EQC boss 'nervous' after Japan disaster

By Paul Harper

Photo albums lie open in the ruins of Rikuzentakata. many of those in the pictures are still missing. Photo / Bradley Ambrose
Photo albums lie open in the ruins of Rikuzentakata. many of those in the pictures are still missing. Photo / Bradley Ambrose

The boss of the Earthquake Commission admits he was nervous about securing New Zealand's re-insurance after Japan's disastrous quake and tsunami.

Chief executive Ian Simpson said the commission's re-insurance policies are renewed annually on June 1.

He says the agency spends two weeks a year going round their 50 re-insurers - renegotiating.

Ian Simpson said they got on the plane after the Japanese earthquake with all those horrible pictures in their minds, and there was a real fear that might take all the capacity out of the reinsurance market.

However, he said the main ones have stuck with EQC and there are no problems with risk exposure.

Today the EQC is turning its attention to full assessments of homes having largely completed the rapid assessment phase following the February 22 earthquake.

More than 182,000 rapid assessments have been done since the quake, although there is still follow up work to be done where residents have raised concerns about their inspection.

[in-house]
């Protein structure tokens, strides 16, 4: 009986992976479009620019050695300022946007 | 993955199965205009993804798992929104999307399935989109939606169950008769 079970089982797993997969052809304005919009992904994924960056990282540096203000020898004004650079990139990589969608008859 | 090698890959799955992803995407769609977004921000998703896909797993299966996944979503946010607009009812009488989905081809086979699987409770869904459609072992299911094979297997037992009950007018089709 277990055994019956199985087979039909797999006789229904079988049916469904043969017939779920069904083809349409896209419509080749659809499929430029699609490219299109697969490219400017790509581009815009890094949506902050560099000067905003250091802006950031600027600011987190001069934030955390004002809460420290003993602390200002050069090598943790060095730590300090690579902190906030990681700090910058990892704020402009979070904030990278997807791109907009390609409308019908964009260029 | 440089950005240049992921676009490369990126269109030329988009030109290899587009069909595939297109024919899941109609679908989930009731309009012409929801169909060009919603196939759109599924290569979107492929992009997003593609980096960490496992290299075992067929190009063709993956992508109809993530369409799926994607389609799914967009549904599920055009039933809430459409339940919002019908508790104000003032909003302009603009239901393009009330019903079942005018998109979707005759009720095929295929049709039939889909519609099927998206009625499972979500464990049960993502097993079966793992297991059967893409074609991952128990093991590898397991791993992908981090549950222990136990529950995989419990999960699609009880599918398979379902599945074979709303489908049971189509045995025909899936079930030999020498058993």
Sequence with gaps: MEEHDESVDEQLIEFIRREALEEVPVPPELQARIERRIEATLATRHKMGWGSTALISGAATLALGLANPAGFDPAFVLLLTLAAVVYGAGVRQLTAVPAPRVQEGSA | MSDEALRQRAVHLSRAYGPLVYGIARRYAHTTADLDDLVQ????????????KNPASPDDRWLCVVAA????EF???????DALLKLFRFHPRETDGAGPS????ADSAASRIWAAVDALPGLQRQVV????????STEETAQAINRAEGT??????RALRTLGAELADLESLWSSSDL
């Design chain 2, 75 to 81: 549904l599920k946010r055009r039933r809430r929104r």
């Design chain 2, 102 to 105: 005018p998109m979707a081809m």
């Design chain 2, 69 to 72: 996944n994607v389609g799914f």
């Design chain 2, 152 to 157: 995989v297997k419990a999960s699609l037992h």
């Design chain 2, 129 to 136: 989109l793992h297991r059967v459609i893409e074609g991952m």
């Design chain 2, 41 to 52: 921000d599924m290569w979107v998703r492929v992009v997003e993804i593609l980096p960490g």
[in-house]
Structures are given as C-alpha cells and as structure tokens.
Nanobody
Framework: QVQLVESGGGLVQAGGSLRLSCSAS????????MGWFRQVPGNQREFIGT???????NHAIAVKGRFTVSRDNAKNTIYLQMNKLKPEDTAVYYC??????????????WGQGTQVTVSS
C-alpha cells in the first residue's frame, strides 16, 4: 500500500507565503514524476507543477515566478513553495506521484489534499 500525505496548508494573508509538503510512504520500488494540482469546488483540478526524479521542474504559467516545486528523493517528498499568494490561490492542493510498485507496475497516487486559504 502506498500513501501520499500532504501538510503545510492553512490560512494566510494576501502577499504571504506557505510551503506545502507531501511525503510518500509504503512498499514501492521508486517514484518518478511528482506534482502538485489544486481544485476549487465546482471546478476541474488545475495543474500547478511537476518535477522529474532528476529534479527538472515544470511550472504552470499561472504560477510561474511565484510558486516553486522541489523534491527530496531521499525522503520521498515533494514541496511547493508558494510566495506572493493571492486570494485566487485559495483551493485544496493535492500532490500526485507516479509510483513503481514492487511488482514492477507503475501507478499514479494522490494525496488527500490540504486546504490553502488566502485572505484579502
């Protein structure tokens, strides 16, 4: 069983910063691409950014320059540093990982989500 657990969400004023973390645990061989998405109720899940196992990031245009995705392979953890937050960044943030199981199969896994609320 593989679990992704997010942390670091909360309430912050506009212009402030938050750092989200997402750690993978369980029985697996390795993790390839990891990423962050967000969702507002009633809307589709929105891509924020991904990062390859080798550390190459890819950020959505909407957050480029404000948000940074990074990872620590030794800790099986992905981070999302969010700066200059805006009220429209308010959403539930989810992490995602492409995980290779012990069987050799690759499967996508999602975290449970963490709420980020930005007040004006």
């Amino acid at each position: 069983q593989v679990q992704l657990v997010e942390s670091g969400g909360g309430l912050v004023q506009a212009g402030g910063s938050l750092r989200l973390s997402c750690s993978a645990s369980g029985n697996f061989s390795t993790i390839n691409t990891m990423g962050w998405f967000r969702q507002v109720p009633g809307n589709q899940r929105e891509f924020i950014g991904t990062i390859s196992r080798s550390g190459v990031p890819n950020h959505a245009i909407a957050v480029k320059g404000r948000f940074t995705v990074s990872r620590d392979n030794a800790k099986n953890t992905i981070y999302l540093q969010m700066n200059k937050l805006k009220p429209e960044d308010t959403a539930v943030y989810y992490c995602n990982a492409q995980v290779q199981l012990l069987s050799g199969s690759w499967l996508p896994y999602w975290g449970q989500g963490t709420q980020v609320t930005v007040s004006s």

EQC is also working on visiting homeowners who had made claims before February 22 who had not yet been visited.

Mr Simpson said nearly 4000 full assessments have been completed.

"Full assessments are a thorough and time consuming exercise with assessors spending from between one hour and five hours in a house. Their purpose is to work out how much will be paid following a claim for earthquake damage," he said.

"EQC has around 185 full assessment teams working in Christchurch and within each assessment team we have at least one trade qualified builder."

"The rapid assessment process has identified 12,120 properties as likely to have damage above the $100,000 EQC cap. Of these 12,120 properties, just over 5,200 have had their insurance status confirmed," Mr Simpson said. EQC pays out up to $100,000 (+GST) for house repairs and $20,000 (+GST) for contents. The rest is paid for by the homeowners' private insurers.

One of the priorities for EQC is to identify those homes in most need of emergency repairs and heating with the winter months approaching, Mr Simpson said.

Around 4000 heating units have been ordered, installed or repaired so far.

"These include heat pumps and different varieties of solid fuel burners. Orders are now being taken at a rate of more than 1000 per week. The heat pumps are being delivered about two weeks after the order, while solid fuel burners take a bit longer," Mr Simpson said.

"Homes where the primary heat source has been lost through earthquake damage are having heating equipment replaced or repaired and other work carried out to ensure weather tightness."

EQC has received a total of 287,000 claims for the September and February earthquakes, 103,000 for February alone, with just under $823 million has been paid out on claims.

Meanwhile in the CBD, Zone 4 North - between Bealey Avenue, Salisbury St, Montreal St and Park Terrace - has opened to the public today. Zone 7A - encompassing Chester Street East, Madras Street, Barbadoes Street and Oxford Terrace - will also open to residents and business owners today and to the public from 8am tomorrow.

- additional reporting by NEWSTALK ZB

- Newstalk ZB

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